7 Myths About Getting Free Publicity


There is a lot of misunderstanding about the nature of publicity and how to go about getting it. Here are 7 myths that may keep you from getting the free publicity you deserve.




Myth 1. Publicity and advertising are the same.

Advertising is exposure that you pay for. You control the exact message and, if you're willing to pay extra, the placement of the ad. Publicity is free, unless you are working with a publicist. Even so, the cost of hiring one is much less than the cost of advertising, yet it has more value because it is treated as news. It has much more credibility than advertising. The downside is, you don't control the placement or size of a story.  Also, you don't have control over the exact spin that a journalist will give the story. But if you initiated the process, by contacting the media with a news release, the story will usually be favorable.




Myth 2. You have to know someone.

Like anything else in life, it helps if you have contacts on the inside. But they are not necessary. Every day thousands of people without contacts get free publicity in the media. They are able to do it because they have a real story to tell, not a bunch of hype or disguised advertising, and they sent the media a well-crafted release.




Myth 3. You have to be one of the big guys to get any media attention.

Wrong. See Myth 2 above.




Myth 4. You should send your release everywhere.

Doing this is counterproductive. You should target your release to the right outlets and the right journalists. For example, say your company has just released new [service]. Don't buy a giant media list and send it to everyone on it. Select the business publications and talk shows and the editors of the business sections of newspapers and magazines, as well as business websites, and send your release to them only. If you have a list that is detailed enough to give you the contact info for individual business reporters, select those who write about [interior design].

Warning: only send the release to one person at a media outlet at a time. If that person turns you down, then it is okay to contact another one.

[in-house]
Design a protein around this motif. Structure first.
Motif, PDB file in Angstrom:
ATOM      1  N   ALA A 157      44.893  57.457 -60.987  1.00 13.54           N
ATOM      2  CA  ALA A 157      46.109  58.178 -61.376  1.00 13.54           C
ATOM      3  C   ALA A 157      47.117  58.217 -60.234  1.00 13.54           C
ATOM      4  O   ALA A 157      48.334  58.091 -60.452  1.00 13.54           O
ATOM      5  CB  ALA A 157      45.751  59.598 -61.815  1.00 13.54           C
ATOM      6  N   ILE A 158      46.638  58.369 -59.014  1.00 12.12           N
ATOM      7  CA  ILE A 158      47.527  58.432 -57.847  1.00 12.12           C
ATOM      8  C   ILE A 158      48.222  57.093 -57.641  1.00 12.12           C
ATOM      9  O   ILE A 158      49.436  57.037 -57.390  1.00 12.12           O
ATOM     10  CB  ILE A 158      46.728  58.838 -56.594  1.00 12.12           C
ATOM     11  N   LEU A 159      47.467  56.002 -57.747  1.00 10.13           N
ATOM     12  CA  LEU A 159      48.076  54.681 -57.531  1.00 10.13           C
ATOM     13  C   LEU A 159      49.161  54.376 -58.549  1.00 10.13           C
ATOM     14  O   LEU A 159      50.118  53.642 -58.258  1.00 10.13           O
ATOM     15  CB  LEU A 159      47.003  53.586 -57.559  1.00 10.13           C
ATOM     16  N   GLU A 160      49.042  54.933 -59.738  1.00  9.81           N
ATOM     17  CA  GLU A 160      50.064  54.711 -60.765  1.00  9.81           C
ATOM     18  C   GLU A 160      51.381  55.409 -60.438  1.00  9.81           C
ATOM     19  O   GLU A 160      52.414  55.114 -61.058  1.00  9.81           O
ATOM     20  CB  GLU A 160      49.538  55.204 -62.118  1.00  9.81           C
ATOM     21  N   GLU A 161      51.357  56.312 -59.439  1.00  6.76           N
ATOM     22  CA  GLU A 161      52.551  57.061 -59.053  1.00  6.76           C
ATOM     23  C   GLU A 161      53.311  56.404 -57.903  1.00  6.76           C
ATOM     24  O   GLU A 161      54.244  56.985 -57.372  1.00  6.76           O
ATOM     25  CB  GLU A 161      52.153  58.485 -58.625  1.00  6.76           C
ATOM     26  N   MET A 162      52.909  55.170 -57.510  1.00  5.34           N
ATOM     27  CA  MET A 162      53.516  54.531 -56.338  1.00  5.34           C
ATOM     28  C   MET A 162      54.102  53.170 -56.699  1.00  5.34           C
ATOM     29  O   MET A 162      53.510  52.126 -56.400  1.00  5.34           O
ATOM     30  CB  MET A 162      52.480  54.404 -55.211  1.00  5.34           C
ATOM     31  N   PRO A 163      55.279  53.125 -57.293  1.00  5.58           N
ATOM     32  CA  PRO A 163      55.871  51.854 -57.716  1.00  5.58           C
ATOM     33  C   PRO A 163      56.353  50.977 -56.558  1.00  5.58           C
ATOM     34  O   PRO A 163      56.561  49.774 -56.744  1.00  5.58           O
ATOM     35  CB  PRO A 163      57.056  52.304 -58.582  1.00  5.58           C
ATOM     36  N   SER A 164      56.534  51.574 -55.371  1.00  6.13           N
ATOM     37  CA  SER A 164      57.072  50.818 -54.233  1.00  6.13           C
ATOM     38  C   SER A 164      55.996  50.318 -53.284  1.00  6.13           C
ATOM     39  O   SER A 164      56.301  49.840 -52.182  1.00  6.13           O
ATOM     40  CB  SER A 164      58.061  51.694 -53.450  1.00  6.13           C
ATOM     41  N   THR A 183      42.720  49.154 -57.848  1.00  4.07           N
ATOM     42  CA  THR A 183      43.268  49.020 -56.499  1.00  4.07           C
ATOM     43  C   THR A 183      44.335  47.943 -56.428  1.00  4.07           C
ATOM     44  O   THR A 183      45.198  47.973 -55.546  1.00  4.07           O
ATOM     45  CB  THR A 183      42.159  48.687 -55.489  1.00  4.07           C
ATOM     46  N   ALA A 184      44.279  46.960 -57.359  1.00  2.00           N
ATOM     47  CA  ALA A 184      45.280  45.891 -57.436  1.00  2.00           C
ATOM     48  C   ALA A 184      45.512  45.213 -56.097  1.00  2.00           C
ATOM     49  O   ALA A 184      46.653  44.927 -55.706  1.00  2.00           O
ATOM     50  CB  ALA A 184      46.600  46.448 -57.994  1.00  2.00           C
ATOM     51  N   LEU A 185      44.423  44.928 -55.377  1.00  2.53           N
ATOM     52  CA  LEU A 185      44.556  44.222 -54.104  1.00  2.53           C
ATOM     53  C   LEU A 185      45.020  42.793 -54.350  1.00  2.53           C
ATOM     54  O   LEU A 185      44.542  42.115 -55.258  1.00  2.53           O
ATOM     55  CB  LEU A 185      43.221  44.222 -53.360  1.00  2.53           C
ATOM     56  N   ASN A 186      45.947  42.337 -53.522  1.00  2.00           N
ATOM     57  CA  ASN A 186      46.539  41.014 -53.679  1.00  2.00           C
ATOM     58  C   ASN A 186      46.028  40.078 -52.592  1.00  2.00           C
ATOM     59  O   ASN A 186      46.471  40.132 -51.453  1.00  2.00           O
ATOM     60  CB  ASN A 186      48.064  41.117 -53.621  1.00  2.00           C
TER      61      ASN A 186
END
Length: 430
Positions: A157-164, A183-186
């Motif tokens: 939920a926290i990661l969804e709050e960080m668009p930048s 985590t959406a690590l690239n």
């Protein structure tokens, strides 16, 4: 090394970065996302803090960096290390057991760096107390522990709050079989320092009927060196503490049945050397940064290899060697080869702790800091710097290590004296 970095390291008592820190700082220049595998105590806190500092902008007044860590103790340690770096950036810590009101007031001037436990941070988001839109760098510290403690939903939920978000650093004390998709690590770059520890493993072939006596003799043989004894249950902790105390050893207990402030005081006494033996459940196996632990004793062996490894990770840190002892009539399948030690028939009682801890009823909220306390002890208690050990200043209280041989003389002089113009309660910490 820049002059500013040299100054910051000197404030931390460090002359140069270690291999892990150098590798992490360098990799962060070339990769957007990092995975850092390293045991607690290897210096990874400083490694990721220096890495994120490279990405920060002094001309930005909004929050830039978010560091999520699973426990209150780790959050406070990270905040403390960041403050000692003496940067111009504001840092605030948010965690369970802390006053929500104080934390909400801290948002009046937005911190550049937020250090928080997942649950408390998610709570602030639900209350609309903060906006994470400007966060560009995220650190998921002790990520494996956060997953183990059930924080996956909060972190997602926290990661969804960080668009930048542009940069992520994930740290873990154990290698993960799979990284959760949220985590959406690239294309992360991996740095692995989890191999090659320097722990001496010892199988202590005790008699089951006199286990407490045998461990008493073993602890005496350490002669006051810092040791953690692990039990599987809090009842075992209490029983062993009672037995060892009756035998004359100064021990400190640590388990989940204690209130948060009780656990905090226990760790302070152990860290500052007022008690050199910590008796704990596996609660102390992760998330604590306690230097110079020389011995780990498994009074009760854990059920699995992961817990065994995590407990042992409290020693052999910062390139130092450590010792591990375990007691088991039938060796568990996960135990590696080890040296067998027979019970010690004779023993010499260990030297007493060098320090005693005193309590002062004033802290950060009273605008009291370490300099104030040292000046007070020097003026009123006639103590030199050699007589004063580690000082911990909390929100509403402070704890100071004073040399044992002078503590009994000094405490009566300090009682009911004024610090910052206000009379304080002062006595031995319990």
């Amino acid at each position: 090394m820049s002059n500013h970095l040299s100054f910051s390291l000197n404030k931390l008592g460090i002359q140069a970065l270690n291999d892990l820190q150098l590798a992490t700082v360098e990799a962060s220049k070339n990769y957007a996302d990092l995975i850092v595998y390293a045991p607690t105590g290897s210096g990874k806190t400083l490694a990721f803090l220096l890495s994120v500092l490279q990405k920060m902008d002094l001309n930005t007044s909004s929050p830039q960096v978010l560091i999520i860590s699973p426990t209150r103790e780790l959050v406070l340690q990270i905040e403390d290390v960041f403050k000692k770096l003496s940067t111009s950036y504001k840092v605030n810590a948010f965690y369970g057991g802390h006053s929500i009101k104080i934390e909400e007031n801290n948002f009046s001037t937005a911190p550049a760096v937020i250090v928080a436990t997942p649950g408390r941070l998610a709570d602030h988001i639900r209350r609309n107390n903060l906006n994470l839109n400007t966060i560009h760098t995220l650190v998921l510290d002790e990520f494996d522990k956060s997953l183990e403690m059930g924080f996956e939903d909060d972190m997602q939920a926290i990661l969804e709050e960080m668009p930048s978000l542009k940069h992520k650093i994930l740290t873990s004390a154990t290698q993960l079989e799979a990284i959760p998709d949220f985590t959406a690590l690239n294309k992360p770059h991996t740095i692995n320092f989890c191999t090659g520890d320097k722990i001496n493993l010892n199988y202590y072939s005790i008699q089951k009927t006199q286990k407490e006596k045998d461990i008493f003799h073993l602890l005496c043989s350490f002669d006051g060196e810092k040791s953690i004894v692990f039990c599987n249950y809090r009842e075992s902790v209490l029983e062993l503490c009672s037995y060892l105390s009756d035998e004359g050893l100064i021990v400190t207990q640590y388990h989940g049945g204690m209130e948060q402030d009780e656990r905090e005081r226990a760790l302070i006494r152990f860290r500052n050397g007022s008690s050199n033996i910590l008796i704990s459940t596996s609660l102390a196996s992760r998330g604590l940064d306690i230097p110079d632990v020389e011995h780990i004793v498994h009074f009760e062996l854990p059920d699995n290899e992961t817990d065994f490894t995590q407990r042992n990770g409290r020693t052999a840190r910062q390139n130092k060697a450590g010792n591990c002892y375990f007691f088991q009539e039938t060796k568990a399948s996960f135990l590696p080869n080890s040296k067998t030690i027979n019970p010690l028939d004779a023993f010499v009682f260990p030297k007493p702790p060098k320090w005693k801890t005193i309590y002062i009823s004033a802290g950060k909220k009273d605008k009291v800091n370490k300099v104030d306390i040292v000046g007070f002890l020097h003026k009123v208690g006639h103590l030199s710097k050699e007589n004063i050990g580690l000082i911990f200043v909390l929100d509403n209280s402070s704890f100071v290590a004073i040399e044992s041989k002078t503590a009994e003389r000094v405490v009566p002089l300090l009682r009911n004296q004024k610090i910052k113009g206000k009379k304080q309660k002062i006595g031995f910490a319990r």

Myth 5. You should send out lots of press releases.

Don't pester journalists with releases about every little thing that happens at your business or organization. They find it annoying and time consuming. It's like the boy who cried wolf. Send them too many trivial releases and they will stop paying attention. Wait until you have something reasonably important to share with the public.




Myth 6. Bigger is better.

Don't write long press releases. Journalists have too many to read. The ideal length is 400 - 600 words. If you have more to say, you can provide additional items such as a bio (biography), company history or fact sheet. If the release interests journalists, they will then read your supporting material for more information.




Myth 7. You can get publicity if you buy an ad.

Except with smaller media outlets and some trade publications, buying an ad will not influence the decision to do a story on you. With most journalists, telling them that you will buy an ad if they do a story is a turn off and it may make them decide not to do anything at all. Don't drop your advertising if it is working, but don't try to tie it to getting free publicity.

By Danek S. Kaus
Photography by © Sandra Dragojlovic

Danek S. Kaus is a veteran journalist and publicist. He is the author of "You Can Be Famous! Insider Secrets to Getting Free Publicity." Learn more at about his publicity services at http://getfreepublicitynow.com.


 

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